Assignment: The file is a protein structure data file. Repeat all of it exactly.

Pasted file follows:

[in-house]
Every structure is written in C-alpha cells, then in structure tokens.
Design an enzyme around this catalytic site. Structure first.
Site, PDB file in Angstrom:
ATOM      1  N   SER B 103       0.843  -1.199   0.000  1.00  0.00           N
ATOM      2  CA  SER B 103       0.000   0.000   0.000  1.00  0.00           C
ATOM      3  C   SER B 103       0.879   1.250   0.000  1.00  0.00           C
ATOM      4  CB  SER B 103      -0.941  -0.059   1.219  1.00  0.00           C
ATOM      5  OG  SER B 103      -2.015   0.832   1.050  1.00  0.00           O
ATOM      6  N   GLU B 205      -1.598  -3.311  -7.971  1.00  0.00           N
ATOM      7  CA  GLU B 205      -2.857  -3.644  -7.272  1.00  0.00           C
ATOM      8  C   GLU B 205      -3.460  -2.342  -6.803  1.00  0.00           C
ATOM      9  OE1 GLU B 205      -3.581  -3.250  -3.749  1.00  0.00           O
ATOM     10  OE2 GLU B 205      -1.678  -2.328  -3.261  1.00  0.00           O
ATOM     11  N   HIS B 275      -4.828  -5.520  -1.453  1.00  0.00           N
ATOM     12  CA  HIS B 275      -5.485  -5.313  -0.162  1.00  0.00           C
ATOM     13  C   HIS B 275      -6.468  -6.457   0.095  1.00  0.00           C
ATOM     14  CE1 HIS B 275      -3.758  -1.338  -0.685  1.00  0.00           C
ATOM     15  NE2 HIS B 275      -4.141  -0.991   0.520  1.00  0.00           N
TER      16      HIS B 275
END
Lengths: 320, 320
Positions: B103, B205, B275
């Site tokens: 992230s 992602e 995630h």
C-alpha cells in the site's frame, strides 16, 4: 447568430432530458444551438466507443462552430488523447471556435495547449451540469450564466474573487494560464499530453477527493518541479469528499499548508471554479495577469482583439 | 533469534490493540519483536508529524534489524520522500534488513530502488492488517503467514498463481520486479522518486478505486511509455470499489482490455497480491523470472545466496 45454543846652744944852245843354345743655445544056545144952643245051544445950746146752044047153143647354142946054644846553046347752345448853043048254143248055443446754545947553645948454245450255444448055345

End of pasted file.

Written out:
[in-house]
Every structure is written in C-alpha cells, then in structure tokens.
Design an enzyme around this catalytic site. Structure first.
Site, PDB file in Angstrom:
ATOM      1  N   SER B 103       0.843  -1.199   0.000  1.00  0.00           N
ATOM      2  CA  SER B 103       0.000   0.000   0.000  1.00  0.00           C
ATOM      3  C   SER B 103       0.879   1.250   0.000  1.00  0.00           C
ATOM      4  CB  SER B 103      -0.941  -0.059   1.219  1.00  0.00           C
ATOM      5  OG  SER B 103      -2.015   0.832   1.050  1.00  0.00           O
ATOM      6  N   GLU B 205      -1.598  -3.311  -7.971  1.00  0.00           N
ATOM      7  CA  GLU B 205      -2.857  -3.644  -7.272  1.00  0.00           C
ATOM      8  C   GLU B 205      -3.460  -2.342  -6.803  1.00  0.00           C
ATOM      9  OE1 GLU B 205      -3.581  -3.250  -3.749  1.00  0.00           O
ATOM     10  OE2 GLU B 205      -1.678  -2.328  -3.261  1.00  0.00           O
ATOM     11  N   HIS B 275      -4.828  -5.520  -1.453  1.00  0.00           N
ATOM     12  CA  HIS B 275      -5.485  -5.313  -0.162  1.00  0.00           C
ATOM     13  C   HIS B 275      -6.468  -6.457   0.095  1.00  0.00           C
ATOM     14  CE1 HIS B 275      -3.758  -1.338  -0.685  1.00  0.00           C
ATOM     15  NE2 HIS B 275      -4.141  -0.991   0.520  1.00  0.00           N
TER      16      HIS B 275
END
Lengths: 320, 320
Positions: B103, B205, B275
């Site tokens: 992230s 992602e 995630h």
C-alpha cells in the site's frame, strides 16, 4: 447568430432530458444551438466507443462552430488523447471556435495547449451540469450564466474573487494560464499530453477527493518541479469528499499548508471554479495577469482583439 | 533469534490493540519483536508529524534489524520522500534488513530502488492488517503467514498463481520486479522518486478505486511509455470499489482490455497480491523470472545466496 45454543846652744944852245843354345743655445544056545144952643245051544445950746146752044047153143647354142946054644846553046347752345448853043048254143248055443446754545947553645948454245450255444448055345